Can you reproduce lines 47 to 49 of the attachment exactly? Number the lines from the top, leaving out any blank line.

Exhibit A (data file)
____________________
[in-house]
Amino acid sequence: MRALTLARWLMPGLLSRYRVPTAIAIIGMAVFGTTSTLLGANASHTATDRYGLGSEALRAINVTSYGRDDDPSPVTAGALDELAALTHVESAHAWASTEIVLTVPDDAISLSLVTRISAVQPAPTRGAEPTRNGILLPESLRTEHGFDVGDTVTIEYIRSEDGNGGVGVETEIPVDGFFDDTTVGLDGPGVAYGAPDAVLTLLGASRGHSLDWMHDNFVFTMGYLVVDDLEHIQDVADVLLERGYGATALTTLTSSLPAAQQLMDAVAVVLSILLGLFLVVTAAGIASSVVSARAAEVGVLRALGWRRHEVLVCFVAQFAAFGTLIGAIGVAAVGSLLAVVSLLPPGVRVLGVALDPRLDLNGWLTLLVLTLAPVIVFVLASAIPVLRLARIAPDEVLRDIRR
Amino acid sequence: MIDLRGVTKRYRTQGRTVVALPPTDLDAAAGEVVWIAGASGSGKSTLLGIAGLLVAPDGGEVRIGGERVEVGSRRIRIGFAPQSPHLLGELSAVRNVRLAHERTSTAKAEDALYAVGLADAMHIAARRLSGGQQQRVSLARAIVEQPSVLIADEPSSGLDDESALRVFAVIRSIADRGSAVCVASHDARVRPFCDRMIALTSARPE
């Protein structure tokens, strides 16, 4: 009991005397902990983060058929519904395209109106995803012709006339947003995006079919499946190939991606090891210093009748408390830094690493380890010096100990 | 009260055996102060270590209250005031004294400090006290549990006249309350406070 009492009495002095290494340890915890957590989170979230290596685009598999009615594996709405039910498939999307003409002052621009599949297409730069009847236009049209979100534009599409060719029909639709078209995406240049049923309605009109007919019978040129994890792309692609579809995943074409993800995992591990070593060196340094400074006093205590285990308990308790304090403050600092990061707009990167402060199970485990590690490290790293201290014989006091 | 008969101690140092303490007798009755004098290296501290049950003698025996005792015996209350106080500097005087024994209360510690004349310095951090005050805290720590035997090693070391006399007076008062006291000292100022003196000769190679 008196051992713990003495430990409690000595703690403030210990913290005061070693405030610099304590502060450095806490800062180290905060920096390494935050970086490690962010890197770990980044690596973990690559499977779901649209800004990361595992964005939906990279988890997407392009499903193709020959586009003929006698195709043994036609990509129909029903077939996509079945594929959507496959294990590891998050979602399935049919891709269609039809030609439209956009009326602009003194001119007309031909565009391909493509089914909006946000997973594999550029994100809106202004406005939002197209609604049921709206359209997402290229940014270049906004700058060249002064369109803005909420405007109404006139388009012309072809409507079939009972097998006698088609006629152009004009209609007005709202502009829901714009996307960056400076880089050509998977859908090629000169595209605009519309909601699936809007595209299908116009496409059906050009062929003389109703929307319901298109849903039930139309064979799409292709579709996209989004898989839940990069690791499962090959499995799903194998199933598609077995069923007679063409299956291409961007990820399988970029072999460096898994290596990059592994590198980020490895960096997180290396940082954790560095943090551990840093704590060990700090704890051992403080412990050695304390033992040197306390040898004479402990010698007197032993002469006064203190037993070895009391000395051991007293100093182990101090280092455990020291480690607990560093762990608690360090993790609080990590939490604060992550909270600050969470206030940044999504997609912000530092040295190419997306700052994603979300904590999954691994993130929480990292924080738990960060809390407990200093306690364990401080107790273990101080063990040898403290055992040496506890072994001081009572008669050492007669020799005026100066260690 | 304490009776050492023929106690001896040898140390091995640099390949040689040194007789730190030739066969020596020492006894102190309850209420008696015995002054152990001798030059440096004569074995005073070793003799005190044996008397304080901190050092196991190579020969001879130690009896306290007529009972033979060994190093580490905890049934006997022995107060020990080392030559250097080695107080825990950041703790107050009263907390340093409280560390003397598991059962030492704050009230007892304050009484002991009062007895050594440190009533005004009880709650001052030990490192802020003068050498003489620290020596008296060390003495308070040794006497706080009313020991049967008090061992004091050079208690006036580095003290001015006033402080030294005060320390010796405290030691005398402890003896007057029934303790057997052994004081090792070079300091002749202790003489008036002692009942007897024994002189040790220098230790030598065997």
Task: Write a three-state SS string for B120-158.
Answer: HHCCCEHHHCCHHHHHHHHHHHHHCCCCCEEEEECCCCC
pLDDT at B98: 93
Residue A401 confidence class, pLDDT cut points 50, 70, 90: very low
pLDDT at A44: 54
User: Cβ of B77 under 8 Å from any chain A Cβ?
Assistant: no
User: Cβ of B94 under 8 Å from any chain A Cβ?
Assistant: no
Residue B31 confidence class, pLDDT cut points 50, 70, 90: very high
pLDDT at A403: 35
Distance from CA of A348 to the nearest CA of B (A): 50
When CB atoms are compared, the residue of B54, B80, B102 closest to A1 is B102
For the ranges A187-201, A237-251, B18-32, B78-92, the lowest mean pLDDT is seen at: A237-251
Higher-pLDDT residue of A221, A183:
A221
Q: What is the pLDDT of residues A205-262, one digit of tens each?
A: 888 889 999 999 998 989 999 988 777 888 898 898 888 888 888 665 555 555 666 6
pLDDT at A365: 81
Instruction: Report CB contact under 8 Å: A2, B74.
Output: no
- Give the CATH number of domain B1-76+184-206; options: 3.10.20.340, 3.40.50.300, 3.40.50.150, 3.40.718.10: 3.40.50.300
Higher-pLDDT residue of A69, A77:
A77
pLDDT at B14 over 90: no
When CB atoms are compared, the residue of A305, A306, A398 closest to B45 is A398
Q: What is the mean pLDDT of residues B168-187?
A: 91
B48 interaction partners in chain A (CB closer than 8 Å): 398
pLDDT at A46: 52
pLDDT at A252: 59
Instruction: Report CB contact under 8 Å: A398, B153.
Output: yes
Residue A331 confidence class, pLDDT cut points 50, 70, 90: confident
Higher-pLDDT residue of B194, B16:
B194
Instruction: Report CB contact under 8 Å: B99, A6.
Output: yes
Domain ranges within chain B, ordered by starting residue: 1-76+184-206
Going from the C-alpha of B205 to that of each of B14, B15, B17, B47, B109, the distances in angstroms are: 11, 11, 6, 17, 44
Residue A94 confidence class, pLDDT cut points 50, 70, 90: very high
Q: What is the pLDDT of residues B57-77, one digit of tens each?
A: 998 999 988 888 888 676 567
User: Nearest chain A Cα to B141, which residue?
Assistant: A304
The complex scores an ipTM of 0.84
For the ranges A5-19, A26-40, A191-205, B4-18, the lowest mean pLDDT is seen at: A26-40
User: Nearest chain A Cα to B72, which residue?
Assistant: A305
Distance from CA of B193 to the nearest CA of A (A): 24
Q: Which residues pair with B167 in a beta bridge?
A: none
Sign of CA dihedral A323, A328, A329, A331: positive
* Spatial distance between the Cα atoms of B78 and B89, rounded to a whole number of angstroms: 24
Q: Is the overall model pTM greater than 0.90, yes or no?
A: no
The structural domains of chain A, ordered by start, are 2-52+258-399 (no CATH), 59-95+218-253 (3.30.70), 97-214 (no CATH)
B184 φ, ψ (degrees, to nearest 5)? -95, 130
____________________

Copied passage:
A: 998 999 988 888 888 676 567
User: Nearest chain A Cα to B141, which residue?
Assistant: A304